I know that it is the Tuesday before Thanksgiving, but this coming Sunday is the first Sunday of Advent. Advent, like Lent, is a time of waiting. Developing after Lent, in many ways it was designed to parallel the Lenten discipline.
In most Protestant denominations the rediscovery of both Lent and Advent are fairly recent additions, with observances only showing up in the past fifty years or so. I often find it funny how many older members remark on how they never really talked about Advent at all growing up, at least that is if they were raised in a Protestant home. This does not mean they were “missing” something; you can be a faithful Christian without ever celebrating or observing any special day. However, the modern church has re-embraced Advent and Lent and many other types of observances as tools of faith.
Sometimes as people of faith there are so many disciplines and messages that go along with our faith journey that we are unable to focus on some parts that are really important, like the themes of Advent: Hope, Peace, Joy, and Love. So we celebrate the season spending time each week in preparation for Christmas, focusing on what each of these concepts mean and how they shape our understanding of Christ, as well as getting a glimpse of both the first coming of Christ at his birth and understanding how we are prepared for His second coming in the last days.
This week our focus is hope. Much of the time when we think of hope we think of things that we hope for like the right toy, getting into a good college, finding the right job, that the new boss will understand you, that your kids are successful, that you’re able to retire comfortably, that when your day comes it is peaceful. All of these are valid hopes, but like so many things they are temporal and really are different based on where we are in our life’s journey.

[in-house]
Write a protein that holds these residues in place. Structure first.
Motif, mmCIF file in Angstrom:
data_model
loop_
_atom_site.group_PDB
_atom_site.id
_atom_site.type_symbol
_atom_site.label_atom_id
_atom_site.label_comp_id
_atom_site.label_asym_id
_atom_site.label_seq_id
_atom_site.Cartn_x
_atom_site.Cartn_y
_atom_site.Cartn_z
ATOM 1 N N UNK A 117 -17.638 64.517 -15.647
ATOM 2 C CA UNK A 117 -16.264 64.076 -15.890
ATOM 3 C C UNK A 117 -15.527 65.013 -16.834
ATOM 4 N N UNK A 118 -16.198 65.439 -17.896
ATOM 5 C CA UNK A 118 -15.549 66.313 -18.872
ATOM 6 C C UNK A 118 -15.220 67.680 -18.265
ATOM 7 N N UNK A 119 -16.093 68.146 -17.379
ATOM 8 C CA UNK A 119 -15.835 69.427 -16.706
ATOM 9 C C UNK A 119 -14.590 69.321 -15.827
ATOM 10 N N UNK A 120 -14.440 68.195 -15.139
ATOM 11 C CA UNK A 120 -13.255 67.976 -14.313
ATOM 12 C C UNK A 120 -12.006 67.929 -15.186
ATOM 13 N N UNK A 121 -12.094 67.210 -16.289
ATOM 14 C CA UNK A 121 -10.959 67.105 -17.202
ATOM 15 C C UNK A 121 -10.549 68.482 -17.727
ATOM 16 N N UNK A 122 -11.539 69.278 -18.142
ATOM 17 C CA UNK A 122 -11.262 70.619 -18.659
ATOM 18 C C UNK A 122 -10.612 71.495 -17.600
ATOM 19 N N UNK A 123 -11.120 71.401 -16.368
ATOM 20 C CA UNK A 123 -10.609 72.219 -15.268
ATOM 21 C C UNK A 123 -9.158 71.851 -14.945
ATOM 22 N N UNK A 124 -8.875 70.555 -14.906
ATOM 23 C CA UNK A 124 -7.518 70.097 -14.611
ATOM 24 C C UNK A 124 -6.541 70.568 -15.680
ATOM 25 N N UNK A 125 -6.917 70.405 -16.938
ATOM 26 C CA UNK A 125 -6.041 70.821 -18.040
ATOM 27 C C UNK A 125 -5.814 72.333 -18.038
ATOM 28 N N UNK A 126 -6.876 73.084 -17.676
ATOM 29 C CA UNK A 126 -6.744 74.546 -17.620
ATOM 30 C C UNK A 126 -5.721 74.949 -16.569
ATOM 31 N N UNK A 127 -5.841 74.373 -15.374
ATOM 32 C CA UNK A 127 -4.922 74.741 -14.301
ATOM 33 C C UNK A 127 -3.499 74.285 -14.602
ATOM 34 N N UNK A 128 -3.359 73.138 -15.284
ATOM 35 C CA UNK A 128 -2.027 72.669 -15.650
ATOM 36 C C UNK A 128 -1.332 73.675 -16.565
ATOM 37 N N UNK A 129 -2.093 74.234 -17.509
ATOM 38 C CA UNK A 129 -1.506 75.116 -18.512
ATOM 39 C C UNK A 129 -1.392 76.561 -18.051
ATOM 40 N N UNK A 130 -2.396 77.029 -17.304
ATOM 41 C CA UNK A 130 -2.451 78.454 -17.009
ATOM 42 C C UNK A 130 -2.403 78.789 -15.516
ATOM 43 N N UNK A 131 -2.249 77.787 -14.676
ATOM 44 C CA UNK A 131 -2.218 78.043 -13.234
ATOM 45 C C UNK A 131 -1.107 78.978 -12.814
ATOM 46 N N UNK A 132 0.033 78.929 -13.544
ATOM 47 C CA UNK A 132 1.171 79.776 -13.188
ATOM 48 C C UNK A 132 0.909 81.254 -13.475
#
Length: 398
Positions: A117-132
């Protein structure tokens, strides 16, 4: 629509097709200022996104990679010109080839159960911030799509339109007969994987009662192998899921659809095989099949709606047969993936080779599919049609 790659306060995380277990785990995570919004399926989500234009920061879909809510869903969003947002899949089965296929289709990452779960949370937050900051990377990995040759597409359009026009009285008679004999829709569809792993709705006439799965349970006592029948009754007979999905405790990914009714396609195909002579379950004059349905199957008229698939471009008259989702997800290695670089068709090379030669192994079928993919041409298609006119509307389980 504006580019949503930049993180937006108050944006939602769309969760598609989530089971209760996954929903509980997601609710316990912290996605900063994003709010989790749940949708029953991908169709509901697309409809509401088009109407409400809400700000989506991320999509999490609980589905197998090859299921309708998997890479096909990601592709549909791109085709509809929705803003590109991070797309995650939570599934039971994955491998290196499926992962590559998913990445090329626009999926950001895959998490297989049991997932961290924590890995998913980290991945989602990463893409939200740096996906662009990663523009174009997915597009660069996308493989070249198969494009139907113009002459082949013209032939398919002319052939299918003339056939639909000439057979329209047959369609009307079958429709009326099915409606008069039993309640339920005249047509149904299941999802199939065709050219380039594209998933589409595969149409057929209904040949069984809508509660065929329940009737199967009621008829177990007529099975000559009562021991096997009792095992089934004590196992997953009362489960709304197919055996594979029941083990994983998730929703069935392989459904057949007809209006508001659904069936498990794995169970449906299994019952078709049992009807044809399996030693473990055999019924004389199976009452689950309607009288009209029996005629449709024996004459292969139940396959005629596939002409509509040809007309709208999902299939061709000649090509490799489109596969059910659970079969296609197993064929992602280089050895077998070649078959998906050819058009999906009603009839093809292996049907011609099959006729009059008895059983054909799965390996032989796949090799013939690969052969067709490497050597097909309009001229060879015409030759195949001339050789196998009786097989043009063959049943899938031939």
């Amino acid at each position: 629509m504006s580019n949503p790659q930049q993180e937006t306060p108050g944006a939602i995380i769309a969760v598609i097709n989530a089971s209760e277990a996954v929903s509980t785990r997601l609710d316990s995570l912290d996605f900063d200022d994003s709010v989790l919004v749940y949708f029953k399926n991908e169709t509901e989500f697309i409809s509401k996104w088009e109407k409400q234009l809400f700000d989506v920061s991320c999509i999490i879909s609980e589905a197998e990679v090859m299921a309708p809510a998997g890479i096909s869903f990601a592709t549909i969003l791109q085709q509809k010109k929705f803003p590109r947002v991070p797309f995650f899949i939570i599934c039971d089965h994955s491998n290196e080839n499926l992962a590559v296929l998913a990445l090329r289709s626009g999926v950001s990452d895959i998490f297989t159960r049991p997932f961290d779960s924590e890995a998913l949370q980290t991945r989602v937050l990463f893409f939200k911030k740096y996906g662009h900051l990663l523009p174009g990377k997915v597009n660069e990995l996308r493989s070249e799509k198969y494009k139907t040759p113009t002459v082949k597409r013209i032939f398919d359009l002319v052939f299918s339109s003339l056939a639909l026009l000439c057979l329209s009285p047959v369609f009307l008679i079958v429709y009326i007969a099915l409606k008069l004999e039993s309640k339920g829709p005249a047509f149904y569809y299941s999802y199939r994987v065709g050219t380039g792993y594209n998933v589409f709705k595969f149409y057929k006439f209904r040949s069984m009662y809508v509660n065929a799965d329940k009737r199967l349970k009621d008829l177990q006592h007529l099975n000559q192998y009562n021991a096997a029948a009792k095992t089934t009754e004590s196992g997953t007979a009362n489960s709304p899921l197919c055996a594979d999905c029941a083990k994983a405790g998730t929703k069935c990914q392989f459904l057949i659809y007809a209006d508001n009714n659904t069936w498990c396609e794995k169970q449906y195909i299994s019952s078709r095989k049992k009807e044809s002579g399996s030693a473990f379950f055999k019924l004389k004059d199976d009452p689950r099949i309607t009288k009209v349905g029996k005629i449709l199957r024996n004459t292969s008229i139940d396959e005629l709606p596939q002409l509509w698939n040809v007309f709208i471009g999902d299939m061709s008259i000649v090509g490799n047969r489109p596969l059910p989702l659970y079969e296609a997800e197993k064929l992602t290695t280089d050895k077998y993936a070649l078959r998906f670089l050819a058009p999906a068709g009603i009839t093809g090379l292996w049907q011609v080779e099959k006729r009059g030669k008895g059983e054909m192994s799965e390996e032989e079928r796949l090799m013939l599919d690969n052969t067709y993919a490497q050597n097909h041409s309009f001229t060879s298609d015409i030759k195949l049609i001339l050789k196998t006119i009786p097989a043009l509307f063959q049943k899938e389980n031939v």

As with everything associated with Advent, the challenge is to get us thinking beyond the temporal and into issues that are forever, or to move us from thinking about things that are earthen bound to things that are divine. As you can see in the verse that associated with the week of hope, Jeremiah 33:14-16, the hope that is exemplified is a transcendent hope. This hope points to something far greater than any individual want; it is a hope that we cannot realize because it is true uncorrupted righteousness.
Since this hope is something that no human could begin to explain or even grasp, it takes faith. Think of it this way: if you can place your hope in something that you can only get a glimpse of, then you can live out that hope through your kindness, care, and understanding. You can model what it means to live for things greater than yourself and you can find strength in the fact that what is now is not what will always be because what God has planned for you is more incredible than you could ever imagine.
Rev. Dr. Bryan James Franzen